What a fun idea. This needs to be read and maybe have this idea spread across the world. This is a way for everyone to learn and see that we are all the same, no matter what diagnosis we carry. We can all celebrate life and living and have a good time doing it.
Since all the cutbacks in programming on most psychiatric units, it is refreshing to see that somewhere there are still art therapy classes going on. I firmly believe that art therapy is a necessary activity for good mental health, as all of us have an urge to create.
If I was in Santa Barbara, I’d definitely be attending this festival, wouldn’t you? This article is from The Santa Barbara Independent, so I hope you click over and leave a comment about your thoughts on this fun topic.
Monday, October 4, 2010
Decked out with a stage for live musical performances and poetry readings, the Mental Health Association of Santa Barbara hosted its 17th annual arts festival in De La Guerra Plaza on Saturday, October 2. The event celebrated the healing power of creativity as local artists and MHA staff displayed their paintings, sculptures, and homemade jewelry and crafts.
The Mental Health Association of Santa Barbara is a private, nonprofit organization that provides housing, advocacy, and counseling to adults and families affected by mental illness. MHA also provides education and awareness to the community at large about their cause.
Since its inception in 1947, MHA serves 250-300 clients and 500 families annually, according executive director to Annmarie Cameron. In 2008, MHA opened its doors to a new facility on Garden Street, the Recovery Learning Center at the Fellowship Club, which houses 51 clients. Of the new lodging facilities, 38 are designated for clients who are diagnosed with a mental illness.
The Recovery Learning Center is Santa Barbara’s sole rehabilitation and social center that provides a venue for companionship, education, recreation and self-help, said Cameron. The Recovery Learning Center is also a site for art classes—some even taught by the clients themselves.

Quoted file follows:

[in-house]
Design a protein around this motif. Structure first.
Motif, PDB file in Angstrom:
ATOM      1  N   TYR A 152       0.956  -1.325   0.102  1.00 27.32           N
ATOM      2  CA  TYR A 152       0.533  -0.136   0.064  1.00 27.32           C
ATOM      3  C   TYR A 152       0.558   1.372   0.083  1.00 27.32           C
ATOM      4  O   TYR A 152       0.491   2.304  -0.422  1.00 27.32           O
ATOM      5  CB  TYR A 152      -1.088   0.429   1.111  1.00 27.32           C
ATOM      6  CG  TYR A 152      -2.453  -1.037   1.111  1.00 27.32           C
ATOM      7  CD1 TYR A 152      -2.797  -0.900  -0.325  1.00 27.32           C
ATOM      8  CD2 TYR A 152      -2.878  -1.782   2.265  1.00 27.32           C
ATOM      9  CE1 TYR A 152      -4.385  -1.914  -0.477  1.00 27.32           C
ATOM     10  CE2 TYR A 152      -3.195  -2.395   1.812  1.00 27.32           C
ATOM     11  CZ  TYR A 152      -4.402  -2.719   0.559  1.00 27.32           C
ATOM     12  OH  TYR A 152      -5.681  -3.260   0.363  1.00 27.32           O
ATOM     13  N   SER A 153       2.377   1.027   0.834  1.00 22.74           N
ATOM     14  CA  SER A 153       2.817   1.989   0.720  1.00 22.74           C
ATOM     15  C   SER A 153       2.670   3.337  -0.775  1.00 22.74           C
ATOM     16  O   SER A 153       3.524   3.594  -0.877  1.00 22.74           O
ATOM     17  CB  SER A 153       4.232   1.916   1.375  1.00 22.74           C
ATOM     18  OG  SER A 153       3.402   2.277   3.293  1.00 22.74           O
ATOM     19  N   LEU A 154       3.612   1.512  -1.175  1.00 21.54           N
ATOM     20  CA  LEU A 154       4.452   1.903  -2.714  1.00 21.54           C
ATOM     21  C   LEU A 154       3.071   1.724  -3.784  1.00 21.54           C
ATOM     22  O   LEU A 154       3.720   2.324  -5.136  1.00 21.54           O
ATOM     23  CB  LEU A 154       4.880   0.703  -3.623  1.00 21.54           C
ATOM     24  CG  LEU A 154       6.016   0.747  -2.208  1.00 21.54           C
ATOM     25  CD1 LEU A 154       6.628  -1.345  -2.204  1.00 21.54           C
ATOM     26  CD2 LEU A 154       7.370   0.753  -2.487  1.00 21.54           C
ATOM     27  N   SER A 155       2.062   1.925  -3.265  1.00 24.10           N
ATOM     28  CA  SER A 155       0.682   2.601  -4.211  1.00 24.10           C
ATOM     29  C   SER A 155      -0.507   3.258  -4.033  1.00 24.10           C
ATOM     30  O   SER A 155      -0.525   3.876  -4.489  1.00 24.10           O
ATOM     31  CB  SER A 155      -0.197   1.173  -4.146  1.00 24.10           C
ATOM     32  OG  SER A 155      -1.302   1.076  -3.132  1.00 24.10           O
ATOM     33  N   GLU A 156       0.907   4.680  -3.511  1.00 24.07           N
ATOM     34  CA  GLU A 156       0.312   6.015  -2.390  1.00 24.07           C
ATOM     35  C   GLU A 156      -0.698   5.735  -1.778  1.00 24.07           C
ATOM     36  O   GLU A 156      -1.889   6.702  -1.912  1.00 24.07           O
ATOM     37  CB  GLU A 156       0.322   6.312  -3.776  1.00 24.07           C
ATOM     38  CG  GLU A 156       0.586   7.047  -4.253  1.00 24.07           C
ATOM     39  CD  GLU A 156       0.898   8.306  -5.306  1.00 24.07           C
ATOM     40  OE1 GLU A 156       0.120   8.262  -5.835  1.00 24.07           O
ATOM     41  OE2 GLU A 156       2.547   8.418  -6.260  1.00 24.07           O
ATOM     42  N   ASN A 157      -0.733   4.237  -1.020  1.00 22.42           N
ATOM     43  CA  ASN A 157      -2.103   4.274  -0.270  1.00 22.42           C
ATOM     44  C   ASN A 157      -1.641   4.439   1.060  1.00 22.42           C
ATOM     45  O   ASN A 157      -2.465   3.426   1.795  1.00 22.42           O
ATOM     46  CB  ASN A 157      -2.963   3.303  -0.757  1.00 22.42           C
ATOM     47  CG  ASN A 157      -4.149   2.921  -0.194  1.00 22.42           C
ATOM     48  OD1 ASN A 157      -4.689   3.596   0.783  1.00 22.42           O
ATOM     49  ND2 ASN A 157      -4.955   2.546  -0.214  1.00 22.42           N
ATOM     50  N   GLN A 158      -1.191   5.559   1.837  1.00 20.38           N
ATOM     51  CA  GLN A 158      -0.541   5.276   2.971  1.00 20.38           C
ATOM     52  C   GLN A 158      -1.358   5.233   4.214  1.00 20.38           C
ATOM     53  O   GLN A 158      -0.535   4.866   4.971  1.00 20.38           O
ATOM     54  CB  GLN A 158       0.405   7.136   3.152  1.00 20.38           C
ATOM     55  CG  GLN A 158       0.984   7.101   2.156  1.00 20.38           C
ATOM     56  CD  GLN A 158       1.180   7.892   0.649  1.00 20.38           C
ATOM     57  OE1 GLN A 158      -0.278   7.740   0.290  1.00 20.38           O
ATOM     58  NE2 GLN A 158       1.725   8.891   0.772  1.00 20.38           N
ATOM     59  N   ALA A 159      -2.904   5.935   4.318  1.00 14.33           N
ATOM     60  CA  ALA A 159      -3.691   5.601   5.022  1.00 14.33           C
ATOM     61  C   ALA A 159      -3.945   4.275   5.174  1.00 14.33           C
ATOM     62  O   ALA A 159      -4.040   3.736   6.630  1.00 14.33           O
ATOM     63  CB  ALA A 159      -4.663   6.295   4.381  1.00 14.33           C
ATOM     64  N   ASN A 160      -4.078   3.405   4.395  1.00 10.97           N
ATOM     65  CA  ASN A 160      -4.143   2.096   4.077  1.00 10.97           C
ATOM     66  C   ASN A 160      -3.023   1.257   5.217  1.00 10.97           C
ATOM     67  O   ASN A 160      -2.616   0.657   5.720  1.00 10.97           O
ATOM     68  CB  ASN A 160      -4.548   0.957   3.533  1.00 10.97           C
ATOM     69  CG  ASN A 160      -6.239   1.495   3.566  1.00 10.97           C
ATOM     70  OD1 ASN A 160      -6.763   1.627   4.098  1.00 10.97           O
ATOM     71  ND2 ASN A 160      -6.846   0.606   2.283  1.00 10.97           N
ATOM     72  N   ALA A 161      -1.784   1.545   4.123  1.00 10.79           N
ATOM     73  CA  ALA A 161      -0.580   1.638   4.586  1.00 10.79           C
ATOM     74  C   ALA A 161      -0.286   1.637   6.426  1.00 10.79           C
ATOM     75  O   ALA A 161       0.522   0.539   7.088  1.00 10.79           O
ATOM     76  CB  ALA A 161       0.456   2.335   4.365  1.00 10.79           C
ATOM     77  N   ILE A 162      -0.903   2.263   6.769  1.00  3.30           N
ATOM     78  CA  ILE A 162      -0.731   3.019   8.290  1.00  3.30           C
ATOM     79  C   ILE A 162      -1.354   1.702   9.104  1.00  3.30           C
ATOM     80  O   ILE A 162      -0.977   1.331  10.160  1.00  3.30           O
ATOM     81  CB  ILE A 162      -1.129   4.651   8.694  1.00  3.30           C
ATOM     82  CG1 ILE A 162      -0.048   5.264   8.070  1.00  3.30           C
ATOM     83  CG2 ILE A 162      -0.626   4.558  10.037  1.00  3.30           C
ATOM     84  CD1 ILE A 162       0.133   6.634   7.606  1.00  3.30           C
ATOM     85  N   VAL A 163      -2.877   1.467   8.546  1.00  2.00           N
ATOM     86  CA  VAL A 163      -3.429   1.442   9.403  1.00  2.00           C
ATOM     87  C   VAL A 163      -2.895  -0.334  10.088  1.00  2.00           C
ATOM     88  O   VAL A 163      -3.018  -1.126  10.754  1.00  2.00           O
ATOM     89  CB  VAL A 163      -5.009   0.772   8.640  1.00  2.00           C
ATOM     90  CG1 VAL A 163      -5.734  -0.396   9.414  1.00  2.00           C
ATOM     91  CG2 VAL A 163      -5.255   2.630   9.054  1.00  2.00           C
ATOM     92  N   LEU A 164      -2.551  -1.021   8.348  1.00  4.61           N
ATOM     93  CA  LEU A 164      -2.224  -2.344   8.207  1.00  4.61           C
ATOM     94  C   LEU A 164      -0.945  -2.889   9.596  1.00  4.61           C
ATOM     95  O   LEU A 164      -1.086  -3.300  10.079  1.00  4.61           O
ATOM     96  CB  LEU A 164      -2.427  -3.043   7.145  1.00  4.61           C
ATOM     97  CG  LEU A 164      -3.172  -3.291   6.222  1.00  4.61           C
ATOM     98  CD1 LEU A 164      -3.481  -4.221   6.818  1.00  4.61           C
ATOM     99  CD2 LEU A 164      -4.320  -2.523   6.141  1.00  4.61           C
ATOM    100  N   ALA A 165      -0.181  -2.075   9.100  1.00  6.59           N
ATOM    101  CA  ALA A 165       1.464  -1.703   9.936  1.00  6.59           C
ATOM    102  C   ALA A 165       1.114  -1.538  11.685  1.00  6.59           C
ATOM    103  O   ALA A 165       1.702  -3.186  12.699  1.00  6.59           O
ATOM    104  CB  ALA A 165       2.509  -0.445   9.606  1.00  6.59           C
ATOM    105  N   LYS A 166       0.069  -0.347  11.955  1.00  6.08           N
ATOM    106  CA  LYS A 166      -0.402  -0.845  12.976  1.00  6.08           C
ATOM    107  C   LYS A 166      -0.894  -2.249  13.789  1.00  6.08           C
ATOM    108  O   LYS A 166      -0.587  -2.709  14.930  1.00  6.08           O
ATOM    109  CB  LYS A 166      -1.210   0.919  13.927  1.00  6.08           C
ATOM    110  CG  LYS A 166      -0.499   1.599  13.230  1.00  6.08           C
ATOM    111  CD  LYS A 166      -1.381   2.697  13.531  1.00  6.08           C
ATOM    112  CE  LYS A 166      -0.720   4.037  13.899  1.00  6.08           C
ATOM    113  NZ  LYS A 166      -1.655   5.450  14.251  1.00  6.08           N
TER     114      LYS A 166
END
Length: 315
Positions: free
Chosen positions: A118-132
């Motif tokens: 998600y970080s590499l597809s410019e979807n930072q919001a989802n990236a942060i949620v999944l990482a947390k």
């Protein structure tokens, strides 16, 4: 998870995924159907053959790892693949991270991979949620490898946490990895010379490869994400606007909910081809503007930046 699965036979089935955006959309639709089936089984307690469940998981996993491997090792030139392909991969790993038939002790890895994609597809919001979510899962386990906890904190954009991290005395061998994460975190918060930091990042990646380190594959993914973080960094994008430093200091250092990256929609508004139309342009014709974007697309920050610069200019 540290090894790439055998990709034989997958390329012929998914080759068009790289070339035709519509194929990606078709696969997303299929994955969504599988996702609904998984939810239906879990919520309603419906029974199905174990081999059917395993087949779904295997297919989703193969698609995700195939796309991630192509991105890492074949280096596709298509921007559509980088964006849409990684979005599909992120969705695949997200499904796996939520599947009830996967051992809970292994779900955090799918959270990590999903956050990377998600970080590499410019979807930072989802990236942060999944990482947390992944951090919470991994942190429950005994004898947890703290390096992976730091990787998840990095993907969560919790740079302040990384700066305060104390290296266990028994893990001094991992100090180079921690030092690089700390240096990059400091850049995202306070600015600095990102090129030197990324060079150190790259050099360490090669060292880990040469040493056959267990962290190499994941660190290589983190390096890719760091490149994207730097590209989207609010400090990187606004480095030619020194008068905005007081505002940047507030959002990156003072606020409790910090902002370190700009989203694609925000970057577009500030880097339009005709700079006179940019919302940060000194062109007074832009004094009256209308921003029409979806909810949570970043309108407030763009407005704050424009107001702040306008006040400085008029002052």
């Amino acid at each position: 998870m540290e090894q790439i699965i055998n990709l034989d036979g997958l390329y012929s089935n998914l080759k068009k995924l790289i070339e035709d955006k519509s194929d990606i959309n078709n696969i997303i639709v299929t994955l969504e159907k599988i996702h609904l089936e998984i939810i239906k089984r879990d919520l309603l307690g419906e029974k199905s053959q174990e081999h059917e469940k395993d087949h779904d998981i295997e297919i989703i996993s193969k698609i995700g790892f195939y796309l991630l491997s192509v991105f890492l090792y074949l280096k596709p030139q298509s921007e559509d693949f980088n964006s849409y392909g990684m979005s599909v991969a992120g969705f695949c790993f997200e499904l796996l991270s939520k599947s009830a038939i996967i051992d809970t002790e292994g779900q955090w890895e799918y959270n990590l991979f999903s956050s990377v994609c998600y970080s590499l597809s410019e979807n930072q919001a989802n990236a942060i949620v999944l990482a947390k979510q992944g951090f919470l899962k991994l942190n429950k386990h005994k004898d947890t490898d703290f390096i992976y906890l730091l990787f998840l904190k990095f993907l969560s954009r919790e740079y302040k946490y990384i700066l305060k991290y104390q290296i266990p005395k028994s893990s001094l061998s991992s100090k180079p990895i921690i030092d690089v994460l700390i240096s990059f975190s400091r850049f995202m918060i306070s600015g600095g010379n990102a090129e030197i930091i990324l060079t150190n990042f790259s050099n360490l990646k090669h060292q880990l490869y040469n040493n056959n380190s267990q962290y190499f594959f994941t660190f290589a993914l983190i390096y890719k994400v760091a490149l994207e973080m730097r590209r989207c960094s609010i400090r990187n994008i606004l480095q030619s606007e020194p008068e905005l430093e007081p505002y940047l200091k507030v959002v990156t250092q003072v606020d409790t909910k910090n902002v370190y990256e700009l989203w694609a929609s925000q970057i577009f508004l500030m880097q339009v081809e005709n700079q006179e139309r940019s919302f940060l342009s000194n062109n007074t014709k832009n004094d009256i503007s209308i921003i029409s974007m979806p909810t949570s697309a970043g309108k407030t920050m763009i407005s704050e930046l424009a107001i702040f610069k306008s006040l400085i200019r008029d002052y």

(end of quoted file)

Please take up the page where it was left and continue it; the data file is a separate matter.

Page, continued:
Lesley Grogan is one of the clients that teach peer-to-peer art classes and showcased her paintings, jewelry, and sculptures at the festival. From decorative beading to making jewelry and painting masterpieces, Grogan lends herself to the organization as a valuable teacher. She also volunteers at Jodi House, a nonprofit that provides day programming for those who suffered from brain injuries.
“My art calms me, quiets the voices, and provides me with a more tranquil focus for my mind,” Grogan said in a written statement. “My life would be entirely different without art.”
A graduate of San Marcos High School and SBCC, Casier’s works were published various times. He has even landed the cover of many magazines, journals and medical publications, such as Schizophrenia Bulletin, Behavioral Health, and Progress Magazine.
“Creative expression gets my mind off of my illness, my voices,” Casier said. “When I exhibit or sell my work, I find acceptance and praise, which does a lot for my ego and actually helps me cope.” Casier was diagnosed with a schizo-affective disorder, a combination of depression and schizophrenia, while attending San Jose State University.
Grogan and Casier, along with Trinaty Lopez-Wakefield, are artists that were featured in Justin Rowe’s film, Crazy Art. This documentary follows them as they cope with schizophrenia and find solace in art therapy. Crazy Art premiered in the 2010 Santa Barbara International Film Festival.
“The importance of this day is that people not only get to showcase their talents but also their other identity,” said Cameron. “Mental illness is not one’s identity. It’s not who you are—it’s something you live with. Art therapy gives a chance to cope with this illness.”
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